The usual seasonal anxieties are wafting to the surface as December progresses, and we need to assess them in light of our faith. There are the school events, the parish activities, the job-related stresses (for those with work!) and the nearly insurmountable family expectations. This year adds “icing to the cake” with concerns about germs and recession, so that the price tag attached to each responsibility flashes neon in the dusky madness.
Is this what Our Lord wants for his birthday? Certainly not, but he’s not driving it. Our culture—steeped in materialism has led us down a dark alley with no seeming escape. But escape we must.
A great event looms concerning our salvation—both the stunning arrival of God amidst his creatures all those centuries ago and his promise to return. A single event straddles both and we’re sandwiched in between, fussing and fretting about what to get the teachers before school lets out.
No one would suggest letting the teachers (or the boss) go without, but at some point the frantic gym enthusiast on the treadmill needs to slow the machine down, and she may even need to get off. It’s okay. Actually a recession offers us the perfect time to crank things down from the perpetual power-walk to a leisurely stroll.
I know that you think that the ideal advice would be to find a moment and think about God and his impending arrival, but instead I would suggest that you take a moment and think of yourself. Not just “Why me?” or “I’m going nuts!” but “For some incomprehensible reason, I am.” Not only here, but now. Not only facing the holidays with so many demands, but without the usual resources.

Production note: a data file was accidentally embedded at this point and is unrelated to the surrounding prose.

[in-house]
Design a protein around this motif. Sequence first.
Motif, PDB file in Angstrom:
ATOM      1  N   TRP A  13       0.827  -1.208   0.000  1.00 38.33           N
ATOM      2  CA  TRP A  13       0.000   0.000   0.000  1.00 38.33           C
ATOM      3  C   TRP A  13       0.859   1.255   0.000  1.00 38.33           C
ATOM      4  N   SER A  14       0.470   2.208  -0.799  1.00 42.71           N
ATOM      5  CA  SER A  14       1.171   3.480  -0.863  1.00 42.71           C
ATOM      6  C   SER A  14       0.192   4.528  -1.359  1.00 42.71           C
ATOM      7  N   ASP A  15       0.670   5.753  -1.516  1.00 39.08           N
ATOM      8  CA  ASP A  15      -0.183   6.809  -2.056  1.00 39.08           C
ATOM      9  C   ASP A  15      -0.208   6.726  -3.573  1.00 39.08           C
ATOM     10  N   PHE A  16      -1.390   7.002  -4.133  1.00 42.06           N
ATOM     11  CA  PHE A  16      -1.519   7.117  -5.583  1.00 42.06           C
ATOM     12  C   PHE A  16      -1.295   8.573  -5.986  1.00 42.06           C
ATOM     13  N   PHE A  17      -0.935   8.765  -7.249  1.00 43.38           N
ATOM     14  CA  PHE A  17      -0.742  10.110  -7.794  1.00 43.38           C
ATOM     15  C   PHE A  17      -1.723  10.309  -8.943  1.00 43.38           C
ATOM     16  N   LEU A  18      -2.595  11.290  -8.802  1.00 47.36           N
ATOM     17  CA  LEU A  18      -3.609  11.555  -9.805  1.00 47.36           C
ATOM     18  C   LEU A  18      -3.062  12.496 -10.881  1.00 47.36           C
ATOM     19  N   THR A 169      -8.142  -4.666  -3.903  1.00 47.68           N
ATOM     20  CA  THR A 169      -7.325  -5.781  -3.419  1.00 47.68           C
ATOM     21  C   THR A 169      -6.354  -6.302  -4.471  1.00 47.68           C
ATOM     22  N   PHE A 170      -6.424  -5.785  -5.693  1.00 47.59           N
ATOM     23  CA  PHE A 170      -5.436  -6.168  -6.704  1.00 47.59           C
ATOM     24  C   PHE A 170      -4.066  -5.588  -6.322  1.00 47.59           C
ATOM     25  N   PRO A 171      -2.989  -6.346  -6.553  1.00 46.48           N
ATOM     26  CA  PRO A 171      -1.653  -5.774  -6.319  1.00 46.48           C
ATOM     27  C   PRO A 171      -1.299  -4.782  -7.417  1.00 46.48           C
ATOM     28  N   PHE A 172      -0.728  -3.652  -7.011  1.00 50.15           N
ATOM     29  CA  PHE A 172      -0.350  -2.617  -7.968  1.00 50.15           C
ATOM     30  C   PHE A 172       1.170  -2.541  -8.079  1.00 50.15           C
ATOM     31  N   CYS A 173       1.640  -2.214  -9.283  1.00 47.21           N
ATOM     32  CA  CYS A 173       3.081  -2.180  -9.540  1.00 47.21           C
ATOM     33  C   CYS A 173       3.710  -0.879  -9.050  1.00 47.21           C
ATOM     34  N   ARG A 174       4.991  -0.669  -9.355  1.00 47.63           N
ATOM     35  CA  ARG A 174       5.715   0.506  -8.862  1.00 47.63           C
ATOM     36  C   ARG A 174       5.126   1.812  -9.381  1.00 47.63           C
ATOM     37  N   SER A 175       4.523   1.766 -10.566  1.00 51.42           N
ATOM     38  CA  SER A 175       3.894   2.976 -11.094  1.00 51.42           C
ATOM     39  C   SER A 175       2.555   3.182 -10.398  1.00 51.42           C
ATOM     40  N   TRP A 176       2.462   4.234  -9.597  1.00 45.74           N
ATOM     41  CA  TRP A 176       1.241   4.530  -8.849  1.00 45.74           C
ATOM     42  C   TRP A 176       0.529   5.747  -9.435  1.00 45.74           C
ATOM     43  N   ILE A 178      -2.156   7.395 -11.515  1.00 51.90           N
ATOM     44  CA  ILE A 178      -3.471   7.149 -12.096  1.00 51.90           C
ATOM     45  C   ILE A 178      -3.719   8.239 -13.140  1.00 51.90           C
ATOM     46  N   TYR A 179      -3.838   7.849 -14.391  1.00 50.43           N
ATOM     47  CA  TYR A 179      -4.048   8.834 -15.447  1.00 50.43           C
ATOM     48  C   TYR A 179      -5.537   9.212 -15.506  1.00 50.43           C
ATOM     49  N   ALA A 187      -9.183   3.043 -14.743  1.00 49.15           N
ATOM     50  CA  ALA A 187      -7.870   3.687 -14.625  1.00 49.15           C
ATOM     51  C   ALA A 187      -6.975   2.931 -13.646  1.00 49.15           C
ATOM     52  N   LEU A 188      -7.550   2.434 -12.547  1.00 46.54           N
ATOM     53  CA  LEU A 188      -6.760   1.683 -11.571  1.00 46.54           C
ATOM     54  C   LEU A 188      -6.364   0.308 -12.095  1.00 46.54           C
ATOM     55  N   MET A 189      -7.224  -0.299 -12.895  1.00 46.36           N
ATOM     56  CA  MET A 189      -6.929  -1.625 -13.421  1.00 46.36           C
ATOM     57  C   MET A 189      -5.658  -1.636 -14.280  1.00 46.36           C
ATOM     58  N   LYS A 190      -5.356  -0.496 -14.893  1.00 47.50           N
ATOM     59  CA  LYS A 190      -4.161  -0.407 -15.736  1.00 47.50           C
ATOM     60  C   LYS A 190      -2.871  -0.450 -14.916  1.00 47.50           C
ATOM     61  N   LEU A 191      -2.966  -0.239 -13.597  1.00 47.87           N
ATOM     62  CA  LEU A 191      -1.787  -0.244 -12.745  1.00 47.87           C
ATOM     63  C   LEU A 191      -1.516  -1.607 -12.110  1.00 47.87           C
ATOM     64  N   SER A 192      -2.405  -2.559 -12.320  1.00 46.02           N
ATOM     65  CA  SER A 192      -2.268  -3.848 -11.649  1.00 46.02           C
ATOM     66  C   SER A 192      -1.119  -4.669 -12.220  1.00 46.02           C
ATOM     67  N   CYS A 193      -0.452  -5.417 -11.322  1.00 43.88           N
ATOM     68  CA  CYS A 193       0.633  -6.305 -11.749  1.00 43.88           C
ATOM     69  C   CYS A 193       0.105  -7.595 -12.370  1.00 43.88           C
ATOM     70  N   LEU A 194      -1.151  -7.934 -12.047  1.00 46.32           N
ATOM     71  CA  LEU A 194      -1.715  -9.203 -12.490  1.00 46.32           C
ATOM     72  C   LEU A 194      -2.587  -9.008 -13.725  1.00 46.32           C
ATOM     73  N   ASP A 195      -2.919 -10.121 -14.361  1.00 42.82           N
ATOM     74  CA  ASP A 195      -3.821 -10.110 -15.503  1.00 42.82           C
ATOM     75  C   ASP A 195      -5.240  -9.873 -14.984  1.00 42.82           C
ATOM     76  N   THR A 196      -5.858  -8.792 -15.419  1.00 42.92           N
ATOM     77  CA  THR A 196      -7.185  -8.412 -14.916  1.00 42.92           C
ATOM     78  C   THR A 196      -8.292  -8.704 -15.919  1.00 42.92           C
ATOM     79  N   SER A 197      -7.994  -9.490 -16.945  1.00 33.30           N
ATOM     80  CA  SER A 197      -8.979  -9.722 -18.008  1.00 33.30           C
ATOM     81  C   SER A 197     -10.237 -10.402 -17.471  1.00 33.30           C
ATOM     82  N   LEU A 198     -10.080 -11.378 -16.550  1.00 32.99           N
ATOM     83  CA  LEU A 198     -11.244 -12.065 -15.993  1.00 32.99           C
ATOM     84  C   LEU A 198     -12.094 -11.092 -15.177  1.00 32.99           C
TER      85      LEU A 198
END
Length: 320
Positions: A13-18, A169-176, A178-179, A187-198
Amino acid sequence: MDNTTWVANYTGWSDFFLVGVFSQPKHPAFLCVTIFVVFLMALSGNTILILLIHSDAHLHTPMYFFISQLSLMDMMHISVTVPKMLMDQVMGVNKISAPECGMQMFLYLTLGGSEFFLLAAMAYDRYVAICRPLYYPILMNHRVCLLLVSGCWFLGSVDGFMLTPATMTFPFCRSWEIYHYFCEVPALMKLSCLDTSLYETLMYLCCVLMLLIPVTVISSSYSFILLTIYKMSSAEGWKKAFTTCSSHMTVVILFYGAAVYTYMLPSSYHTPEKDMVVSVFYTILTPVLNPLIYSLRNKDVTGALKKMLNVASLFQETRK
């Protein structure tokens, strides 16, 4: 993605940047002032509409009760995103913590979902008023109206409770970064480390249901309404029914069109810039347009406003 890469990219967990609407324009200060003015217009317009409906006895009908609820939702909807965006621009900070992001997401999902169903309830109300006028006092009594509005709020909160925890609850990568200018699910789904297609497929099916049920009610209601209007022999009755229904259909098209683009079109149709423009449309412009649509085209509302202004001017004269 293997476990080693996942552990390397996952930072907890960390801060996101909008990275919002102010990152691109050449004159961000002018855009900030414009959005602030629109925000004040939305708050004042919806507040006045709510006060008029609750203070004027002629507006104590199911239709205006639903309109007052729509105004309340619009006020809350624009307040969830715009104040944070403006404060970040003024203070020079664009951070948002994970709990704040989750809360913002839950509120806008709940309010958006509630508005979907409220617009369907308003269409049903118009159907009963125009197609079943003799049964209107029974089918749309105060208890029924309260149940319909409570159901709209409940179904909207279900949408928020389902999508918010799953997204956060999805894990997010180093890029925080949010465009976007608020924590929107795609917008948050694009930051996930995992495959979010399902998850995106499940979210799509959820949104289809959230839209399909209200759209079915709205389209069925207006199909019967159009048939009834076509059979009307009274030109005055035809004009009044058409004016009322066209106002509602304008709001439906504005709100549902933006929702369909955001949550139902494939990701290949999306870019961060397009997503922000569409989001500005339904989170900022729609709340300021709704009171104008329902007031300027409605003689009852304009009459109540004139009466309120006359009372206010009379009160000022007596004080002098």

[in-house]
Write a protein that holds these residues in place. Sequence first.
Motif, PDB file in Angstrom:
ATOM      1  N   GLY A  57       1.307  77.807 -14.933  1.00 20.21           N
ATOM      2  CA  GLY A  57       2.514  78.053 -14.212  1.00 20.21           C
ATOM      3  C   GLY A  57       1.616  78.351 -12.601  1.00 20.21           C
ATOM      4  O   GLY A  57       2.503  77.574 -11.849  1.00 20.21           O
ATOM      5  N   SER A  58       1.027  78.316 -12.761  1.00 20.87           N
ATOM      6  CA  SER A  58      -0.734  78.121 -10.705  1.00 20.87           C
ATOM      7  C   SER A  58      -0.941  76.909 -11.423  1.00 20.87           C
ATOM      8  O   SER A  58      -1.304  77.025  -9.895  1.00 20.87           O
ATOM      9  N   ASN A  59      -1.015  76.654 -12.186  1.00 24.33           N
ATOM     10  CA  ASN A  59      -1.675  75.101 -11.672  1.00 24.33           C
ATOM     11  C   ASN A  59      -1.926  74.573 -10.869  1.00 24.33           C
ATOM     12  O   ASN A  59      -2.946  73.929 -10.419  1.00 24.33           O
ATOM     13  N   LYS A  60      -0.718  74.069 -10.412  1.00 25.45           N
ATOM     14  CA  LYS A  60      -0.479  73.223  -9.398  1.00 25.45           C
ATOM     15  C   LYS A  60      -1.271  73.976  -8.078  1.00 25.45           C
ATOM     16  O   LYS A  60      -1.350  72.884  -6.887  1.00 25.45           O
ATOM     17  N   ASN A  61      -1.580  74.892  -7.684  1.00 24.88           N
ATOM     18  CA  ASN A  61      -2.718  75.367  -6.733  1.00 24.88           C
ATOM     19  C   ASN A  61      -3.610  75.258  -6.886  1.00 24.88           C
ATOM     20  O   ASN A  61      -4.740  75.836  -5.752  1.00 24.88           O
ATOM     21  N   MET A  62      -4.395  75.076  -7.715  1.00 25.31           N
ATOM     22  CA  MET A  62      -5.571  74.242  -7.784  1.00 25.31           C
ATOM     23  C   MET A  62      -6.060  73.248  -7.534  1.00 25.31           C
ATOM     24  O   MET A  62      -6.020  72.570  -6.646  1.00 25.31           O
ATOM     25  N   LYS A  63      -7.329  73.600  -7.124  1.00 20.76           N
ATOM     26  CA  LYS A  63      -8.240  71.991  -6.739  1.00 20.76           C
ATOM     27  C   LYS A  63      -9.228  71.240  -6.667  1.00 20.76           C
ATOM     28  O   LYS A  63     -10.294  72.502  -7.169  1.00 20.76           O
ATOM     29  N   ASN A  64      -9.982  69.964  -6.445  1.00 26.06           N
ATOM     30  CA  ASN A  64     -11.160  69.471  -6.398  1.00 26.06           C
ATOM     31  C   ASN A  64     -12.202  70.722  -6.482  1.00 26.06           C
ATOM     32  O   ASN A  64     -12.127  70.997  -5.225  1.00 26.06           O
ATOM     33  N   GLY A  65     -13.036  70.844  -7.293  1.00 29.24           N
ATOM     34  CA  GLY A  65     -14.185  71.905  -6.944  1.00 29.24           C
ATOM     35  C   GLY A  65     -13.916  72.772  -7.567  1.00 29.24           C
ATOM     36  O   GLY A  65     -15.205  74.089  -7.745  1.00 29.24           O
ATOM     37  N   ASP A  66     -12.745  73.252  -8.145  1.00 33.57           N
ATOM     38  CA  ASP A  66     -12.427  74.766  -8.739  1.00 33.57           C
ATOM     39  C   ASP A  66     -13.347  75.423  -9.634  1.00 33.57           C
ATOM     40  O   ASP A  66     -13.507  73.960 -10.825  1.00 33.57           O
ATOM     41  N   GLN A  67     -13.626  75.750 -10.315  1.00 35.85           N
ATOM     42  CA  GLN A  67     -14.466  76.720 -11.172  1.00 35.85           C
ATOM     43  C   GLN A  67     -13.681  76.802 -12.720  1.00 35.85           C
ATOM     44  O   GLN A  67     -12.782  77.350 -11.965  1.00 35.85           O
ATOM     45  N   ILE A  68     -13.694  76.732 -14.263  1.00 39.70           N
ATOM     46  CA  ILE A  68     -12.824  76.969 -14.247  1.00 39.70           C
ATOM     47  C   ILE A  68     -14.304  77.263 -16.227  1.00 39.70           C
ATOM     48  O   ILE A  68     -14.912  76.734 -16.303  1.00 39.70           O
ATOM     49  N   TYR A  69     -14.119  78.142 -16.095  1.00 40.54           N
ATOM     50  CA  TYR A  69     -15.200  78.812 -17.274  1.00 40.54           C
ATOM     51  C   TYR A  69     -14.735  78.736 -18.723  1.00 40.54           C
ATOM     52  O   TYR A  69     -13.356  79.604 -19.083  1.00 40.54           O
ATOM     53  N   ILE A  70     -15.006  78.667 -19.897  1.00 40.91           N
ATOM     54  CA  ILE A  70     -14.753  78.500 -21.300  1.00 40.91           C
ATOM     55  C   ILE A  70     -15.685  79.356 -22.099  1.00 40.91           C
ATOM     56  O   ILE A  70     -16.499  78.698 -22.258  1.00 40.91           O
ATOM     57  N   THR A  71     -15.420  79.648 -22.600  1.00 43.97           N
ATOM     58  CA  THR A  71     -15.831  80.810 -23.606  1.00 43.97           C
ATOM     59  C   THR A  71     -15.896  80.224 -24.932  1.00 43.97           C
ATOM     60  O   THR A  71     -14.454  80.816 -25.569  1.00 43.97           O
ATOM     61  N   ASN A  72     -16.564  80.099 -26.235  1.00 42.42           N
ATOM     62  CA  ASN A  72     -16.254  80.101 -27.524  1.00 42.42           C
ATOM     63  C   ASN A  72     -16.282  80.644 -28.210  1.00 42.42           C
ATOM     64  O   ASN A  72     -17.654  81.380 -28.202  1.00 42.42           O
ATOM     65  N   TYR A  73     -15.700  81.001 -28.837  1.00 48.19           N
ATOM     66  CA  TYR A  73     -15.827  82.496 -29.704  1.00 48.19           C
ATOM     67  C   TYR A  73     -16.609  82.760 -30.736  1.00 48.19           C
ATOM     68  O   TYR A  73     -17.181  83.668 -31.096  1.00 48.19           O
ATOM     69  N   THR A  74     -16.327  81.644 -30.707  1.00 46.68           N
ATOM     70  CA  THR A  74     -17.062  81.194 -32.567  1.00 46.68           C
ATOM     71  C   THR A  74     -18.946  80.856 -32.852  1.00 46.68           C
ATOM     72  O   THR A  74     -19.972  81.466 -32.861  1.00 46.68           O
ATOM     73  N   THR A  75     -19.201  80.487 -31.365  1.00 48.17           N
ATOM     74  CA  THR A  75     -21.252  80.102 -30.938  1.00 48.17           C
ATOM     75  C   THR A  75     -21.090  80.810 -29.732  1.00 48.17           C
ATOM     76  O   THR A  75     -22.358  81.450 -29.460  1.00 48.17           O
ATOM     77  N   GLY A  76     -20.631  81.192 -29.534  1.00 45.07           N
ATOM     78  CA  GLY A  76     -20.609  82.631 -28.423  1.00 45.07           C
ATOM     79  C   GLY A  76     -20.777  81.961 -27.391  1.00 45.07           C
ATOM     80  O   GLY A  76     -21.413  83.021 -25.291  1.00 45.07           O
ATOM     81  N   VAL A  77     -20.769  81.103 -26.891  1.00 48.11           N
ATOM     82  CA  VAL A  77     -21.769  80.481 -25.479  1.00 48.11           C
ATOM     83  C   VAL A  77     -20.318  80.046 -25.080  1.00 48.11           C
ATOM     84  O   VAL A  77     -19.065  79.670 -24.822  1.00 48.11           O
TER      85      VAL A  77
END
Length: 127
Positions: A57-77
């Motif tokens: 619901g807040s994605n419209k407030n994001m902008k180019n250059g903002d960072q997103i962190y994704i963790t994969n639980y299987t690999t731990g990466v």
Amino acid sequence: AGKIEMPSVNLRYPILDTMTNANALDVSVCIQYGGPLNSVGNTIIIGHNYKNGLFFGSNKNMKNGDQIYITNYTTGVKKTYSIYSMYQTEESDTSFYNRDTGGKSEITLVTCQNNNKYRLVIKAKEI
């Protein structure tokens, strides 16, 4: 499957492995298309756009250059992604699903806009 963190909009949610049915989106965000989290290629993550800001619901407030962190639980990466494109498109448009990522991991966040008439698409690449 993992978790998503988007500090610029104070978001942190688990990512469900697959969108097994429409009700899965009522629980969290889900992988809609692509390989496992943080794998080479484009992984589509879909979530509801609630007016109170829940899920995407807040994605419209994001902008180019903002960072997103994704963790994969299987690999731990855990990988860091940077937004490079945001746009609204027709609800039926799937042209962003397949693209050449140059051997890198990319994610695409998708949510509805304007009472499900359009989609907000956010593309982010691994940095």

And consider this. “[God] prepared for the possibility of my existence through the unthinkably long evolution of the world. He desired that the world find its meaning in me as in no other. He laid the foundations of the motives and capacities of my being through long series of generations.” Romano Guardini may never have imagined how meaningful his words could be to frantic mothers in a swirl of wrappings and ribbons, but helpful they are—and laden with truth.
Over the course of Advent, we will hear about the generations that led to Jesus’ birth in the stable. We will wonder at his family tree. We will be told what the various circumstances of his arrival mean in spiritual terms. But the same applies to everyone. This needs to be turned around so that an important truth can be recognized about your existence as well.
All the circumstances of this madcap season and the uncertain year to follow were known from all ages. It is not for us to beg that money and time be multiplied like fishes and loaves, but that the resources we have be used with love. Now of all times people will understand gently used and recycled gifts—treasures from heart to heart and wrapped in memories. Now of all times, a favorite prayer card and a beloved rosary will be not only gratefully received—but probably used. Now of all times will small bags of coffee and a promised visit resonate in lonely and equally anxious hearts. And the visit will quell both.
We can look at our uncertain finances as just an added stress to distract us from finding the elusive joys, or we can recognize in these conditions a gentle corrective to help us find the narrow path. And rather than a treadmill of woe, our new focus will reveal a path straight to the crib.